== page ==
What’s New Pussycat (1965)

Peter-Woody

It seems strange to kick off a Woody Allen retrospective with the gaudy animation and jaunty bombast of Tom Jones singing in the What’s New Pussycat title sequence. Instead of this:

WNP1

We get this:

WNP2

This was Woody’s first film, not as a director but as a writer and an actor, made when he was 29.

The story is gossamer thin. Peter O’Toole plays Michael, the editor of a Paris fashion magazine and a man about whom it is often said, “When the light hits him in a certain way he’s almost handsome.” Michael wants to be cured of his incessant philandering before marrying Carole (Romy Schneider) who is also the object of Victor’s (Allen) affections. Paula Prentice, Capucine and Ursula Andress are just some of the women throwing themselves at the impossibly blue eyes of O’Toole, and Peter Sellers is the dubious sex therapist Dr Fritz Fassbender who can no more cure Michael than cure his own overpowering proclivities.

Unlike Alfie, a film with a similarly amoral central figure, What’s New Pussycat isn’t about learning any great lesson. Like, say, treating women with respect. Instead, it’s a romp designed to support non-stop gags, a parade of gorgeous actresses and some occasionally inspired set pieces.

Woody is given a handful of small chances to show a knack for comedy in his movie debut. Though somewhat known from nightclubs and variety shows, this was his first film appearance and it is in a similar vein to the nebbish persona of his standup comedy act.

Michael: Did you find a job?
Victor: Yeah, I got something at the striptease. I help the girls dress and undress.
Michael: Nice job.
Victor: Twenty francs a week.
Michael: Not very much.
Victor: It’s all I can afford.

This is O’Toole’s film though, demonstrating a previously unseen gift for physical comedy, while Sellers recycles his Dr Strangelove accent and Paula Prentice has fun as a stripper and would-be poet.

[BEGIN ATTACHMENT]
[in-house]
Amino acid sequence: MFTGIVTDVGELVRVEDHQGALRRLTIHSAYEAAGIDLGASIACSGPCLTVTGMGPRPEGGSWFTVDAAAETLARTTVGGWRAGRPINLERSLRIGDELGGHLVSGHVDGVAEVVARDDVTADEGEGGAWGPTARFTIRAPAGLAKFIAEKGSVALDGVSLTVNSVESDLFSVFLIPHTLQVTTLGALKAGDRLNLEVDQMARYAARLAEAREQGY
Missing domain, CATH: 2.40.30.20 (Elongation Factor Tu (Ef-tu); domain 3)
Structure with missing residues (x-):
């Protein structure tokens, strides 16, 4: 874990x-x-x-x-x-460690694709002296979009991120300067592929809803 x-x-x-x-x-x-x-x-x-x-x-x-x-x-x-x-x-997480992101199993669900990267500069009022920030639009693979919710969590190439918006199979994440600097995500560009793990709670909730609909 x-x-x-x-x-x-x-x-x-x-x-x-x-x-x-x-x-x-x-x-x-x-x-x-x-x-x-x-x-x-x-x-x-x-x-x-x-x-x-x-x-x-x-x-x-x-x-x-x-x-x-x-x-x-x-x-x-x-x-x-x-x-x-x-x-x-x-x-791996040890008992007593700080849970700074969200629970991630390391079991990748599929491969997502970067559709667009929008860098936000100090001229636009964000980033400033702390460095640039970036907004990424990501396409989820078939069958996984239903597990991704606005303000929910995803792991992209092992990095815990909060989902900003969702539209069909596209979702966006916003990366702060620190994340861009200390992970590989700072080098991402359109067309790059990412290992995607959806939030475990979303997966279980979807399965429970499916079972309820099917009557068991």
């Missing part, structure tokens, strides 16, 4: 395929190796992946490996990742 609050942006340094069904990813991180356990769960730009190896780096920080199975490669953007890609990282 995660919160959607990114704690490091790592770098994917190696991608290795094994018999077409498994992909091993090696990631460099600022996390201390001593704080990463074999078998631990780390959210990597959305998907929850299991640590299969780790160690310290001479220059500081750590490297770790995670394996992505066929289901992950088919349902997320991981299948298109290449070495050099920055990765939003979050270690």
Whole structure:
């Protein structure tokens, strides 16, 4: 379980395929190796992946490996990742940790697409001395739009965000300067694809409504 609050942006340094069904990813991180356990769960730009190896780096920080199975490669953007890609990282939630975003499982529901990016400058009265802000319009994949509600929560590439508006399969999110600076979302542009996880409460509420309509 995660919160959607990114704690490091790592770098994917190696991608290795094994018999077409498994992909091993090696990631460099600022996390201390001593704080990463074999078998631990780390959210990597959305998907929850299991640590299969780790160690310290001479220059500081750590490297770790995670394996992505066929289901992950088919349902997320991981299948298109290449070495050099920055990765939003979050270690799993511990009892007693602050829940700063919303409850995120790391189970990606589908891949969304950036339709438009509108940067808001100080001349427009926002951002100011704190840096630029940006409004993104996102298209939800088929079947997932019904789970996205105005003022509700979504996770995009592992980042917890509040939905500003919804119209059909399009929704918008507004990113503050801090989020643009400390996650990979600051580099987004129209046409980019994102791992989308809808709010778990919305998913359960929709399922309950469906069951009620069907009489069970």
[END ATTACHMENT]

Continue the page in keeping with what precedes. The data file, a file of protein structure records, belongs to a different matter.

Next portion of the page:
Pussycat StarsBut as a Woody Allen film, how does it fare? It’s still an identifiable if curious mix of his typical targets of satire (psychiatry, free love) but they are lost among the trappings of a big budget 1960s farce (Burt Bacharach soundtrack, Richard Burton cameo). My favourite scene is a two-hander between Woody Allen and Peter Sellers at night by the Seine. Besides the novelty of watching two of the most important, talented and wildly different figures in movie comedy together, the scene has a focus that the rest of the film lacks. 

It’s difficult to judge What’s New Pussycat as a Woody Allen film, since it was a job for hire (written to star Warren Beaty; the title was his pickup line) and since it was greatly reworked from the original script. Despite it being a box office hit, Woody was embarrassed by the end result. “They made it into a film that I was very unhappy with,” he told Stig Bjorkman for his 1993 book length interview. “I didn’t like it at all. And I vowed at that time that I would never write another film script unless I could be the director of the film.”

Watching it again today, the manic tone and the wacky finale (a go-kart chase) both seem very forced. But some of the one-liners and the handful of scenes with Woody are funny. Plus for giving the writer the inspiration to direct his own scripts, the film deserves some credit. 

Next week: What’s Up, Tiger Lily?

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One thought on “What’s New Pussycat (1965)

  1. Pingback: 1960s Movies: The 17 Best Fashion Moments

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